Teaching racial equity is new for many of us, especially if our course materials are focused on subject matter outside of the social sciences. This semester I was excited to offer an opportunity for students to engage in conversations about racial equity by speaking with Ms. Sulaiminah Burns, founder of Support Black Business 607, a social media campaign and organization which has rocketed to over 5000 members in less than a year.
In BIT 173 Website Creation with HTML/CSS, students are primarily focused on the creation of web pages. This involves learning the syntax of the scripting languages, thinking about design elements such as color, imagery, font and layout, and communicating effectively with both the written word and visual elements. So on first pass, there does not seem to be a place in this course for a side trip on social issues. Yet websites do not exist in a vacuum. They are an integral part of our social, political, institutional and commercial lives. As students develop professional skills to create, they must also understand the context of their creations.
Attending the presentation by Ms. Burns enabled students to learn the importance of supporting local black-owned businesses, empowering female-owned businesses, and the how-tos of successfully navigating the promise and perils of a strong social media presence. This presentation was sponsored by the Business Club and beautifully integrated the career focus of business and business information technology students with a deeper understanding of the consequences of racism and sexism on black and female-owned businesses.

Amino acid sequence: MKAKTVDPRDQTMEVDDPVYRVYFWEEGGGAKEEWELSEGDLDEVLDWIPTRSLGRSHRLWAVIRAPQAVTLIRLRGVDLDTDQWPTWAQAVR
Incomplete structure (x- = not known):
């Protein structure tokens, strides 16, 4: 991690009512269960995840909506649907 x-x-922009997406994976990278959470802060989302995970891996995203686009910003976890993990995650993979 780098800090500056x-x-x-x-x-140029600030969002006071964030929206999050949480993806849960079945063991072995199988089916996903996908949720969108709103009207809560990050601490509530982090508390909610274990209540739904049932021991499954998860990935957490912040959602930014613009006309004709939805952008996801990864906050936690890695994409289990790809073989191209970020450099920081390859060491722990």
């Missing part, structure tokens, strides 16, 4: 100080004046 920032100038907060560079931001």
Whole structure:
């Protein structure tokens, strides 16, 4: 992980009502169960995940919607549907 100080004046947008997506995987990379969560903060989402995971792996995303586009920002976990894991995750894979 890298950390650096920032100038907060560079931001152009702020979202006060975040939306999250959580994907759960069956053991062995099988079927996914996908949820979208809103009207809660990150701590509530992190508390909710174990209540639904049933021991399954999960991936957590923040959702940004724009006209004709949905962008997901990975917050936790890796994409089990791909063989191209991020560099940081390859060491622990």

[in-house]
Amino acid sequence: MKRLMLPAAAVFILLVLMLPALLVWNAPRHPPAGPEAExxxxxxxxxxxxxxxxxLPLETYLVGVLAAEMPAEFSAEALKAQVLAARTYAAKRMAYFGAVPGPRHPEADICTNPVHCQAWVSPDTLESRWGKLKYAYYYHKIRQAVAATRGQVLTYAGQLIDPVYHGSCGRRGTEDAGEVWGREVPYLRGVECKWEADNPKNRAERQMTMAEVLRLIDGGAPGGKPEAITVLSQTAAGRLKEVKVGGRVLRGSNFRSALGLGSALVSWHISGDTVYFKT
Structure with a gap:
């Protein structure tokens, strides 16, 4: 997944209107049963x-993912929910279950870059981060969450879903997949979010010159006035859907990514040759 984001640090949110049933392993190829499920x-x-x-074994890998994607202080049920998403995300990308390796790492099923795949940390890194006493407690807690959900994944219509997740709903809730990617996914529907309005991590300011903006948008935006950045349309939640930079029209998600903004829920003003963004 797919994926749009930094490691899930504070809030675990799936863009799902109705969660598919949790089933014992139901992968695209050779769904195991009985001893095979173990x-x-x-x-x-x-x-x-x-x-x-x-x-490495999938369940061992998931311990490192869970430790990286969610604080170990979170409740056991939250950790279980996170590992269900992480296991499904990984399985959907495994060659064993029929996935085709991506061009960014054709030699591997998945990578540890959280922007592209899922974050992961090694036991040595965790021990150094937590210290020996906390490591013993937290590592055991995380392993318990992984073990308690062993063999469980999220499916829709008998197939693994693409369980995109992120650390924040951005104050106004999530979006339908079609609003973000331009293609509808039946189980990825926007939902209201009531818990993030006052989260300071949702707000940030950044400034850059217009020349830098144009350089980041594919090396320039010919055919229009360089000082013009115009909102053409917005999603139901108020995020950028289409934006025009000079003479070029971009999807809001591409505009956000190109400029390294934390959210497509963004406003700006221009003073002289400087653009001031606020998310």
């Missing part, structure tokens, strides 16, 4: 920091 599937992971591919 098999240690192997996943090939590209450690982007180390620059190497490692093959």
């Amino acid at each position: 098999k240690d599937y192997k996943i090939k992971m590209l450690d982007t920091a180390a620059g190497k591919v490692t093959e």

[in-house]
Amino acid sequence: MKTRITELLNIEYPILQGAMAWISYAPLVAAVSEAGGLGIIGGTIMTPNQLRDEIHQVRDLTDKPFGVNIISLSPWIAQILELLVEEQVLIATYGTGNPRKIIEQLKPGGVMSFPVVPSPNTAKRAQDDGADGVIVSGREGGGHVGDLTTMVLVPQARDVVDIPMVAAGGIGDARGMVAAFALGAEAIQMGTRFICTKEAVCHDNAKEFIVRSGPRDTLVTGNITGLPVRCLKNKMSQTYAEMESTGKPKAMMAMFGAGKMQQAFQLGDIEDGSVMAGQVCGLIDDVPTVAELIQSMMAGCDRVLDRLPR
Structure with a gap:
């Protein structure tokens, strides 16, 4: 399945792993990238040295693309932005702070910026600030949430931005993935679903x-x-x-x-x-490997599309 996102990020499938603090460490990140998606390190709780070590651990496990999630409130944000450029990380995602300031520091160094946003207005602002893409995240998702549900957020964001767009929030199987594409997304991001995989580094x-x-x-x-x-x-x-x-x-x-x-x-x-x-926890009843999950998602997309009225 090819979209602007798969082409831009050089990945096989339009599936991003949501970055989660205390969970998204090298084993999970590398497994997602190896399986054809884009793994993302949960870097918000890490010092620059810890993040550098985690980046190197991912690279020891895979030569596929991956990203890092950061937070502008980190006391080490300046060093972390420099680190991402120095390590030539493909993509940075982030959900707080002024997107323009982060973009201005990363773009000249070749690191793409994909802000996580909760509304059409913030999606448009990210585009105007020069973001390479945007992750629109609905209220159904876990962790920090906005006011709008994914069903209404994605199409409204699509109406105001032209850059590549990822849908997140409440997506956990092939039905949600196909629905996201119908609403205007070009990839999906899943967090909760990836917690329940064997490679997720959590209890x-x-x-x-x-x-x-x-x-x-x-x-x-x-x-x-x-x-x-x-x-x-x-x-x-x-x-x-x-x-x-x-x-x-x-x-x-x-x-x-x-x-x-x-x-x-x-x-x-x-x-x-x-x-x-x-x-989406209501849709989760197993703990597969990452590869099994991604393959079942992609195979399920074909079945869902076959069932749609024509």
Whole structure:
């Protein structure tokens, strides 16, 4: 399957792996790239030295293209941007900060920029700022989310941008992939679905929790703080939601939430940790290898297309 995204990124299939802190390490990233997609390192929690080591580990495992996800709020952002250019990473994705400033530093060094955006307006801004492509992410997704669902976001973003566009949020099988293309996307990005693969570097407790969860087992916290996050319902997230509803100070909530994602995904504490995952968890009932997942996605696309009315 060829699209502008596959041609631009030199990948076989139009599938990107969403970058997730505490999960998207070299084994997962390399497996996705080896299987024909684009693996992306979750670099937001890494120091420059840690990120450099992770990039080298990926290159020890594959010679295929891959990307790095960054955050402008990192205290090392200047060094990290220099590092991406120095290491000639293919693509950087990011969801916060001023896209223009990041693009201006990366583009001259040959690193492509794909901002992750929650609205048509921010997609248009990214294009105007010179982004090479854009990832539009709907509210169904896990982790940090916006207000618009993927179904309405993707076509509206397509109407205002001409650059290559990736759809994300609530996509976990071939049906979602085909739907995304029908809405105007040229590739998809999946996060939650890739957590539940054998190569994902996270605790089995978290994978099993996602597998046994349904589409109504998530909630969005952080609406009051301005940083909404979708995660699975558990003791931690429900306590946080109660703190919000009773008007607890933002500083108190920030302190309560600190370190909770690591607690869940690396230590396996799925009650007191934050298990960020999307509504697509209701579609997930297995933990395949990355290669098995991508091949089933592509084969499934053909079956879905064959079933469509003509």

As an assignment, students were asked to delve deeper by answering the following questions in a discussion forum:
• What are three things you learned from Ms. Burns about the importance of an Internet presence for small businesses, especially black and female-owned businesses?
• How might an awareness of black and female-owned businesses impact your career choices in Web development?
Not only did students learn valuable business marketing tips from the presentation, they also expressed a new awareness of the challenges faced by black and female-owned businesses, and a desire to support these businesses in their careers. Beyond the instrumental benefit of supporting local black and female-owned businesses such as quality of product, competitive pricing, environmental benefits, and community support, Ms. Burns’ presentation engaged students in an exploration of the moral decision to support these businesses.
This type of assignment supports our college-wide efforts to infuse discipline specific discussions of the consequences of racism into our courses. Going forward, the BIT department will formalize these types of assignments, adding to their depth and breadth, and supporting them with required courses in diversity and racism to give students the best possible understanding and awareness of these issues, but as a starting point, a simple assignment such as this one has great value. It opens the door to further exploration and conversation. It gives such conversations a home within the student’s own discipline. It demonstrates a willingness and a commitment to our shared values.
Submitted by: Sandy Wright